In the money definition

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In the money is a term that describes an option’s state of ‘moneyness’ – the underlying asset’s status when compared to the price at which it can be bought or sold (its strike price).

Specifically, in the money refers to an option with an underlying asset that has gone beyond its strike price. For calls (options that rely on the underlying asset increasing in price), that means that asset’s price has gone above the strike price. For puts (options that instead rely on the underlying asset decreasing in price), it means that the asset’s price has dropped below the strike price.

If the asset price has not gone beyond (above it in the case of a call, or below in the case of a put) the strike price, it is referred to as out of the money. If it is equal to the strike price, it is at the money.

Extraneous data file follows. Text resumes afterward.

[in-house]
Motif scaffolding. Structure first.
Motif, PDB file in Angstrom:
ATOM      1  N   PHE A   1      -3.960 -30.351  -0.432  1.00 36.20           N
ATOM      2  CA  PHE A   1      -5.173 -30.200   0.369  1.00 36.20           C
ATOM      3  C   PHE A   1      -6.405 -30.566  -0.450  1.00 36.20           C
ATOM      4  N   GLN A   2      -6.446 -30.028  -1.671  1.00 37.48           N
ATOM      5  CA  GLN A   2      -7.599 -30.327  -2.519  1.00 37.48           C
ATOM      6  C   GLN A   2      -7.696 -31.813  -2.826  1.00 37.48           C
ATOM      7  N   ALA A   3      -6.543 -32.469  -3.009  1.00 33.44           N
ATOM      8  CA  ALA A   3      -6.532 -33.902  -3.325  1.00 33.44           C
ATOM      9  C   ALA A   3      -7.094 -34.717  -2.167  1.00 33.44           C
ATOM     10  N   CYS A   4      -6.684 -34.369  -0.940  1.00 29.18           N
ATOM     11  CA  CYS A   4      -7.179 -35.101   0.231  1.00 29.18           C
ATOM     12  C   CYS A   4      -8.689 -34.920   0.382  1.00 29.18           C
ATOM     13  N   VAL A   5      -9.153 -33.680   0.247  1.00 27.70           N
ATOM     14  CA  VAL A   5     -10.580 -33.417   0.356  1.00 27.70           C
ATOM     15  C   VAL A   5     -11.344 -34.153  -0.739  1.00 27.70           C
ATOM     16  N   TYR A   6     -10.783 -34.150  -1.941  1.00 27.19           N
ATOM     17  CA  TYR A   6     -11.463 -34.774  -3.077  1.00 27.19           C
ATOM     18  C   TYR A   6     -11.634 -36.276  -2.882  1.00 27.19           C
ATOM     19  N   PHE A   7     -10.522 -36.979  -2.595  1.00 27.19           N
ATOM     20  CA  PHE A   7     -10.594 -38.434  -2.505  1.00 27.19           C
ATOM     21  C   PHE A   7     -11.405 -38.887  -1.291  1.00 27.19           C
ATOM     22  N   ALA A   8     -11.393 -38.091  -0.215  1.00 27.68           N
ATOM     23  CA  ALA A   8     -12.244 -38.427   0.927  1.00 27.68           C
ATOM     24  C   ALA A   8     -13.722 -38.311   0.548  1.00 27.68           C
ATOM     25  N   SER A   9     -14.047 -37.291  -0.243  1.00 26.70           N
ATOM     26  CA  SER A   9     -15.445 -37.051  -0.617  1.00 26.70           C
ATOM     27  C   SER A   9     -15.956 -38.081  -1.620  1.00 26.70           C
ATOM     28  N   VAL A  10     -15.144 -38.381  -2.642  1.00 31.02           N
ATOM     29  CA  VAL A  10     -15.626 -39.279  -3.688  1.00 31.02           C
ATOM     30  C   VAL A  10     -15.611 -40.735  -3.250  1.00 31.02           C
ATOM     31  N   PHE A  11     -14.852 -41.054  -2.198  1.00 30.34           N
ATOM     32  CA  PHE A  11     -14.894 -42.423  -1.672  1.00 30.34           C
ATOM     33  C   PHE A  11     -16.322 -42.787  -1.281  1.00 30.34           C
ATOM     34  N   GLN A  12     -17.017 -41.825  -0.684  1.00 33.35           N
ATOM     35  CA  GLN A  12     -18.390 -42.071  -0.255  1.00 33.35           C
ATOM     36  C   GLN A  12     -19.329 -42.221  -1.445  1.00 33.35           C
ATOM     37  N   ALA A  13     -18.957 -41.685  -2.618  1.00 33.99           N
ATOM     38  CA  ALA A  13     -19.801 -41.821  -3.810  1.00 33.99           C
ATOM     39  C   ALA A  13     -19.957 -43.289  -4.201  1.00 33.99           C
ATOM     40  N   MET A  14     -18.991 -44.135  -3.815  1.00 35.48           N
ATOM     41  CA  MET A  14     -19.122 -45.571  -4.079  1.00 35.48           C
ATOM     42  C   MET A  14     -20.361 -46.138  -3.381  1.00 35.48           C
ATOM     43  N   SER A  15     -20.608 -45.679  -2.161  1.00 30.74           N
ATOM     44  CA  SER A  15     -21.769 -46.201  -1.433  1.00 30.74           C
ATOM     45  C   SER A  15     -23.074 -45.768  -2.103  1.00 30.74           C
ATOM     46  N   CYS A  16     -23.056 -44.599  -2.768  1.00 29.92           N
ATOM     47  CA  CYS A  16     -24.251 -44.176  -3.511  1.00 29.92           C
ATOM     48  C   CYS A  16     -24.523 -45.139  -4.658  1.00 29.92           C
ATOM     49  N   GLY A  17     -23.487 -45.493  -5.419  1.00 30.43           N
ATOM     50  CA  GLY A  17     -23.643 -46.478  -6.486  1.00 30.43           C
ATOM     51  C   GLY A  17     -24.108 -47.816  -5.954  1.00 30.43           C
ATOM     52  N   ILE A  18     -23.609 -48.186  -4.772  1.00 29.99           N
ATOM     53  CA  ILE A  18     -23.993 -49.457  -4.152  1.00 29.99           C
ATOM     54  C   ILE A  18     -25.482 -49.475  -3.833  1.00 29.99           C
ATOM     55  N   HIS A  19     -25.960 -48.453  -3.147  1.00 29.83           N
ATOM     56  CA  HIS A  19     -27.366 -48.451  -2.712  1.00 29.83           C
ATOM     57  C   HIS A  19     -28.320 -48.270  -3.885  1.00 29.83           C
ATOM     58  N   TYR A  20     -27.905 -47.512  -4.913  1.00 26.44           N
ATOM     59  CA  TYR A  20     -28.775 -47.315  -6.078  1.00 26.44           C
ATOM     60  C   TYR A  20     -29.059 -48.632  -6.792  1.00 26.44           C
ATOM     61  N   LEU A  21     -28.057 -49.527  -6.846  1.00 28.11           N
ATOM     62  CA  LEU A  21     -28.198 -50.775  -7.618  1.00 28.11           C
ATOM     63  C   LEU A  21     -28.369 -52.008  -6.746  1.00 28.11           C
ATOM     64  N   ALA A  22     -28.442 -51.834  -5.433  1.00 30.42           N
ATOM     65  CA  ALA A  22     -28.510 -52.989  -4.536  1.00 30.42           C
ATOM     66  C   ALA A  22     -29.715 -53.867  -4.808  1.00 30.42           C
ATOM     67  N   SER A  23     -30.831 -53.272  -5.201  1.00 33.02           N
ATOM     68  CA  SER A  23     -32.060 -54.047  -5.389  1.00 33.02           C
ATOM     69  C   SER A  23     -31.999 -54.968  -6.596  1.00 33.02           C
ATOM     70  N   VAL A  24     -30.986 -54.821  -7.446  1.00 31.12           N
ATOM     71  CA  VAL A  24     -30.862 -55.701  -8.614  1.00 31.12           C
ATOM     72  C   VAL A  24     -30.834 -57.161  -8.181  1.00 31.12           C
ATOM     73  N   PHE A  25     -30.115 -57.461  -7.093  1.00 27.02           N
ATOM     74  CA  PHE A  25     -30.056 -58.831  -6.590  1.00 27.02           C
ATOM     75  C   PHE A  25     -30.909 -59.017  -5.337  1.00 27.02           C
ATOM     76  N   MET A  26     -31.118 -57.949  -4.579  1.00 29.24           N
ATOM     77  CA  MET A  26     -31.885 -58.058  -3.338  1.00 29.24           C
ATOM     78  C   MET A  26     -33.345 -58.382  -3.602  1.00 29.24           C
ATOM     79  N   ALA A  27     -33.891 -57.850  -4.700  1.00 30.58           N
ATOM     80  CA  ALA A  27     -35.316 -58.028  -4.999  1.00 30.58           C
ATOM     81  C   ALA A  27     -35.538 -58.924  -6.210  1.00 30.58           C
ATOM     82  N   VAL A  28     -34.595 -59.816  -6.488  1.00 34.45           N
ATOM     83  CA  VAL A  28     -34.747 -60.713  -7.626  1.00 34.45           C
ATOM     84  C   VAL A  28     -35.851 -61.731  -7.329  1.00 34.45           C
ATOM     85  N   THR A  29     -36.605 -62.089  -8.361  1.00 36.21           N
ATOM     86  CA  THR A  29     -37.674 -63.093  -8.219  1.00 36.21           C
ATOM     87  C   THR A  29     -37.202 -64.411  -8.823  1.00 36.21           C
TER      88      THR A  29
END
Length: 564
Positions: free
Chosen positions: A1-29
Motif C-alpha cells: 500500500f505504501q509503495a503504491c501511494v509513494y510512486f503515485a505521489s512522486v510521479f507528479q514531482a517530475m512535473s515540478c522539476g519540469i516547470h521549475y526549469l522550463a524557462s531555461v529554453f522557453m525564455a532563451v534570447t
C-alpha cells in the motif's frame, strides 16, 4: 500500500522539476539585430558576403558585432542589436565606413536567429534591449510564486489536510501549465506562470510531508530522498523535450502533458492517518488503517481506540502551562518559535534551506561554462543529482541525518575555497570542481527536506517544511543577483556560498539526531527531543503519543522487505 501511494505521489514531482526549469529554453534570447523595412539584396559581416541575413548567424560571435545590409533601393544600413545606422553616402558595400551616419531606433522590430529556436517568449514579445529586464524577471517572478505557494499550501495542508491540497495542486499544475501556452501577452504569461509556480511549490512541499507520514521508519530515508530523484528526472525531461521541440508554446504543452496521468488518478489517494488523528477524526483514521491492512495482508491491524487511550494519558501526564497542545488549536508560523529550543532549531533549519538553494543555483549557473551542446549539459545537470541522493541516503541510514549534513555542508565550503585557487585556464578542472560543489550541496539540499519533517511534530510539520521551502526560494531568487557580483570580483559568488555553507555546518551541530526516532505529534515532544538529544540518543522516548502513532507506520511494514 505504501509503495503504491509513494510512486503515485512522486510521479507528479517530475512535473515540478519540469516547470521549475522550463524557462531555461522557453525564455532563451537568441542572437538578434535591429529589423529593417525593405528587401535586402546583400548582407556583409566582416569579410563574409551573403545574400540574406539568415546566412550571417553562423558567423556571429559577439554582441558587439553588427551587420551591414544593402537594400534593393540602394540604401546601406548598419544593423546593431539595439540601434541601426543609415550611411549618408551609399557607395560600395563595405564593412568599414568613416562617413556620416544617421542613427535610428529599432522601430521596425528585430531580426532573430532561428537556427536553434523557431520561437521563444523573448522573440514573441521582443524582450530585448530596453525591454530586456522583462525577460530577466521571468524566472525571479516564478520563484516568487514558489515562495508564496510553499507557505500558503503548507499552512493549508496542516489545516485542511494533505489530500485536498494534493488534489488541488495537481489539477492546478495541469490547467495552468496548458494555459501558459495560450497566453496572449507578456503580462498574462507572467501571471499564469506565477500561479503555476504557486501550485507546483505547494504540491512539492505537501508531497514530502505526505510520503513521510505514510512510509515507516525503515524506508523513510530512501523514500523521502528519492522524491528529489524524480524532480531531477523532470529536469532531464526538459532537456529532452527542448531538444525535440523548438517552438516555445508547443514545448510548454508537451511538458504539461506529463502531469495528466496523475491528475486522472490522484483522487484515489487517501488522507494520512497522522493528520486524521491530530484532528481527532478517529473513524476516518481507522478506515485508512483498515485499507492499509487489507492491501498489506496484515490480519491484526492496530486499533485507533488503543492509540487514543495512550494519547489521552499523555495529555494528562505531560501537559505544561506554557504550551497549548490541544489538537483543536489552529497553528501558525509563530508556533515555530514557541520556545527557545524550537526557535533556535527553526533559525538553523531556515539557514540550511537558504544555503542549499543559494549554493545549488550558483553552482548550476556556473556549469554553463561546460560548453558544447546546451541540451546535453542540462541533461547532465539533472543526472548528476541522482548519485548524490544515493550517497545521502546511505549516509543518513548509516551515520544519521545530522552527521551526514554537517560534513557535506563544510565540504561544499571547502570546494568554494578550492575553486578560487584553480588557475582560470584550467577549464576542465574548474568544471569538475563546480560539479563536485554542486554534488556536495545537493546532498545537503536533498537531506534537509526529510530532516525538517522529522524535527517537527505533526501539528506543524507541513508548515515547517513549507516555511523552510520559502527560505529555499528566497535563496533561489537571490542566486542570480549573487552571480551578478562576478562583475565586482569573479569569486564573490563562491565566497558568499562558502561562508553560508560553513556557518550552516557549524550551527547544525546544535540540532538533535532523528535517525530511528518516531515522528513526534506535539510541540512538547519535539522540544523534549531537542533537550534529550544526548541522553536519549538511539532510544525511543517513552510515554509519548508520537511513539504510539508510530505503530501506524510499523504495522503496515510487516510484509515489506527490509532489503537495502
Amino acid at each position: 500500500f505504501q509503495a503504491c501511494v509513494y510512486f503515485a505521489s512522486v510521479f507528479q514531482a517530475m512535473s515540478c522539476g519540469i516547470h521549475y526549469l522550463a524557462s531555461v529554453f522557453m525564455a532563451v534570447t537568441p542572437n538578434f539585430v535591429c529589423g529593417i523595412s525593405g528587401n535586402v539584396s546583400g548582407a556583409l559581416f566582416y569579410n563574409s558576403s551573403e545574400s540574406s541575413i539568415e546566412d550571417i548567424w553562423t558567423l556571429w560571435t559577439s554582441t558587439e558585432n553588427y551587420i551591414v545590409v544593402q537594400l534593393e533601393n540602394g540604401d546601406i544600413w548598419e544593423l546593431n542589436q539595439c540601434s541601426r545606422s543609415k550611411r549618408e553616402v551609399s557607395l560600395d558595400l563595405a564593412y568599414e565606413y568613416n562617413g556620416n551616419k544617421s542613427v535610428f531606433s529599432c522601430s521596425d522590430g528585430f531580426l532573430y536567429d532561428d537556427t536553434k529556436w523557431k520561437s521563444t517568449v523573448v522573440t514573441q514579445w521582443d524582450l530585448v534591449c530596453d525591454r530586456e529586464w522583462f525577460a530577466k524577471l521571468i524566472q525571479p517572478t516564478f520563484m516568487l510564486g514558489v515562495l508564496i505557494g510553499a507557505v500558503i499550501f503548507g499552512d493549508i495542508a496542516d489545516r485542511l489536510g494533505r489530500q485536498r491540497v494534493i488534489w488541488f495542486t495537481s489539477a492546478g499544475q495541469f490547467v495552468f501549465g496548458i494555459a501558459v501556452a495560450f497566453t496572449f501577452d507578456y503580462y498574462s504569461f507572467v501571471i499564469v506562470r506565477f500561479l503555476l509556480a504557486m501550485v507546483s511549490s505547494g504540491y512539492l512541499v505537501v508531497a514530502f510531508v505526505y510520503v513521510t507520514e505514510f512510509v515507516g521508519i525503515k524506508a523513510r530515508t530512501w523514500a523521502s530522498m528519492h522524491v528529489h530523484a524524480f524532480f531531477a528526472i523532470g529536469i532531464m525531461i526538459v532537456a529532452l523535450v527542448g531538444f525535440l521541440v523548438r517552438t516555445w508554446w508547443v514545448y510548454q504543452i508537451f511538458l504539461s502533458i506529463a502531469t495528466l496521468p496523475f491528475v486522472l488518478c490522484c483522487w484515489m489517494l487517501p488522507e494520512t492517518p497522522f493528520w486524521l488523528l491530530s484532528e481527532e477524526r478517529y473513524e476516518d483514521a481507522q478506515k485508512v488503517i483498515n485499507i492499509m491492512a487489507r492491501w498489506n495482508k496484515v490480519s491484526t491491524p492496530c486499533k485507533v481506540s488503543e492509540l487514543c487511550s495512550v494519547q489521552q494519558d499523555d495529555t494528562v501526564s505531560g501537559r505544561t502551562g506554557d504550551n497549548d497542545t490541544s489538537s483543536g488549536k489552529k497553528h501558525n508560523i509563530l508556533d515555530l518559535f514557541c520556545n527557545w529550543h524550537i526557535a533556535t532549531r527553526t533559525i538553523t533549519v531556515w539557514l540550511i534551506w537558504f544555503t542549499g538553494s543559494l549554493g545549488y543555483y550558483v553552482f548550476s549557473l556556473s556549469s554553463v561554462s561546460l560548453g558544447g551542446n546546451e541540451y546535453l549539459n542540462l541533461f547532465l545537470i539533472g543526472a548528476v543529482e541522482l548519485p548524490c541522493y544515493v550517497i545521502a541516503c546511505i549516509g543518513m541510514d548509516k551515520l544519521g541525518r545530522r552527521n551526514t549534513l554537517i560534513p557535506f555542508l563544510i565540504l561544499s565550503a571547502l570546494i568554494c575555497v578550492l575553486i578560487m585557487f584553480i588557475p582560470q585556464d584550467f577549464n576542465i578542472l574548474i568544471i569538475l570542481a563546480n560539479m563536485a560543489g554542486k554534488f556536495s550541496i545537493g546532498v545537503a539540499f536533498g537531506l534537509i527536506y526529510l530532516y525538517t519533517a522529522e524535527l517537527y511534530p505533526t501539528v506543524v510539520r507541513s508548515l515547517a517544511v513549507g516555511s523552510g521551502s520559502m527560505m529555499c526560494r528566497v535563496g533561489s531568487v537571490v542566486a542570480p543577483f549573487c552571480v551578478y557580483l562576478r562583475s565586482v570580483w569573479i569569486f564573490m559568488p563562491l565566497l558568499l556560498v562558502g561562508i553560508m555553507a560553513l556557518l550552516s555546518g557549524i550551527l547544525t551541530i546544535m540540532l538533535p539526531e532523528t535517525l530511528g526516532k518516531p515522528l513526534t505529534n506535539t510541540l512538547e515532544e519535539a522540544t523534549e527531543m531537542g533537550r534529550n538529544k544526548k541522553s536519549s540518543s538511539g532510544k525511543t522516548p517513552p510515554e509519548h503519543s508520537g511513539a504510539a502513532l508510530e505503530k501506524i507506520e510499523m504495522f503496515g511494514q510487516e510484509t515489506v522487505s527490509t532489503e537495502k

An option that is in the money can be exercised. It will only return a profit, though, if the amount made on the trade exceeds the initial premium paid.

In the money example

You believe that BHP’s share price is on the way up from its current value of $18, so you buy a call option with a strike price of $20. If Vodafone shares hit $21, you are in the money: but unless the cost of the call was less than $1, the trade will still incur a loss.

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